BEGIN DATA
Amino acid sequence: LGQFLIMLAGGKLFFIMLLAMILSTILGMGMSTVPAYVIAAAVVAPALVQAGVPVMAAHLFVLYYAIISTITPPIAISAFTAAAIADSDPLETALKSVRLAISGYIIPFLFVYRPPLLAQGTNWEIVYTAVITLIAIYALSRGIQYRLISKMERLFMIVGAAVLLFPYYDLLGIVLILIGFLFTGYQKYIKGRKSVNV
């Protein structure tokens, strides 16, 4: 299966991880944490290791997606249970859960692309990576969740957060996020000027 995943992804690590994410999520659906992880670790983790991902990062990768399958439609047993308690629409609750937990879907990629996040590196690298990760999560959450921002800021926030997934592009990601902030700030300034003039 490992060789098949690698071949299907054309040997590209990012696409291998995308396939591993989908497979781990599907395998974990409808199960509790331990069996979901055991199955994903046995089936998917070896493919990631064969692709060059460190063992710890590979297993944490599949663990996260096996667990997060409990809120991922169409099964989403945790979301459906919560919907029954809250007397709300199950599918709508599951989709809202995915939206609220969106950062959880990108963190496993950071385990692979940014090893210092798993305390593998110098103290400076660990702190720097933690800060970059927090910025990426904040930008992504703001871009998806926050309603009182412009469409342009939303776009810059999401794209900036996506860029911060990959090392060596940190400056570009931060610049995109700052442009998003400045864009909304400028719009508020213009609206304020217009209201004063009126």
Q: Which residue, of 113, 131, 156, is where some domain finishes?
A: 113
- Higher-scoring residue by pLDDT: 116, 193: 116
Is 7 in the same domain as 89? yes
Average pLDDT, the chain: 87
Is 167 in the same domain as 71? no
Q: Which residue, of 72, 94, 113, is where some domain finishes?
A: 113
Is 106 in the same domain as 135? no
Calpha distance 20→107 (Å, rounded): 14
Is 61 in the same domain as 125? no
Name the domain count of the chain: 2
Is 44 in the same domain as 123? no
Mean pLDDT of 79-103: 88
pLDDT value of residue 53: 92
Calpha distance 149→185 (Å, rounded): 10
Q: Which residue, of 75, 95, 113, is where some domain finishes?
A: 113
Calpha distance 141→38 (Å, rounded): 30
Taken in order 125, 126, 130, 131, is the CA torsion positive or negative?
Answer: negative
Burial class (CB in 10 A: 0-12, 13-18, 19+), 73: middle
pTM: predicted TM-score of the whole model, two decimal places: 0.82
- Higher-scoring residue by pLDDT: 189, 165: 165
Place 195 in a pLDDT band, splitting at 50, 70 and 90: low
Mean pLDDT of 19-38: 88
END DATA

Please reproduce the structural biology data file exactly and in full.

Amino acid sequence: LGQFLIMLAGGKLFFIMLLAMILSTILGMGMSTVPAYVIAAAVVAPALVQAGVPVMAAHLFVLYYAIISTITPPIAISAFTAAAIADSDPLETALKSVRLAISGYIIPFLFVYRPPLLAQGTNWEIVYTAVITLIAIYALSRGIQYRLISKMERLFMIVGAAVLLFPYYDLLGIVLILIGFLFTGYQKYIKGRKSVNV
């Protein structure tokens, strides 16, 4: 299966991880944490290791997606249970859960692309990576969740957060996020000027 995943992804690590994410999520659906992880670790983790991902990062990768399958439609047993308690629409609750937990879907990629996040590196690298990760999560959450921002800021926030997934592009990601902030700030300034003039 490992060789098949690698071949299907054309040997590209990012696409291998995308396939591993989908497979781990599907395998974990409808199960509790331990069996979901055991199955994903046995089936998917070896493919990631064969692709060059460190063992710890590979297993944490599949663990996260096996667990997060409990809120991922169409099964989403945790979301459906919560919907029954809250007397709300199950599918709508599951989709809202995915939206609220969106950062959880990108963190496993950071385990692979940014090893210092798993305390593998110098103290400076660990702190720097933690800060970059927090910025990426904040930008992504703001871009998806926050309603009182412009469409342009939303776009810059999401794209900036996506860029911060990959090392060596940190400056570009931060610049995109700052442009998003400045864009909304400028719009508020213009609206304020217009209201004063009126």
Q: Which residue, of 113, 131, 156, is where some domain finishes?
A: 113
- Higher-scoring residue by pLDDT: 116, 193: 116
Is 7 in the same domain as 89? yes
Average pLDDT, the chain: 87
Is 167 in the same domain as 71? no
Q: Which residue, of 72, 94, 113, is where some domain finishes?
A: 113
Is 106 in the same domain as 135? no
Calpha distance 20→107 (Å, rounded): 14
Is 61 in the same domain as 125? no
Name the domain count of the chain: 2
Is 44 in the same domain as 123? no
Mean pLDDT of 79-103: 88
pLDDT value of residue 53: 92
Calpha distance 149→185 (Å, rounded): 10
Q: Which residue, of 75, 95, 113, is where some domain finishes?
A: 113
Calpha distance 141→38 (Å, rounded): 30
Taken in order 125, 126, 130, 131, is the CA torsion positive or negative?
Answer: negative
Burial class (CB in 10 A: 0-12, 13-18, 19+), 73: middle
pTM: predicted TM-score of the whole model, two decimal places: 0.82
- Higher-scoring residue by pLDDT: 189, 165: 165
Place 195 in a pLDDT band, splitting at 50, 70 and 90: low
Mean pLDDT of 19-38: 88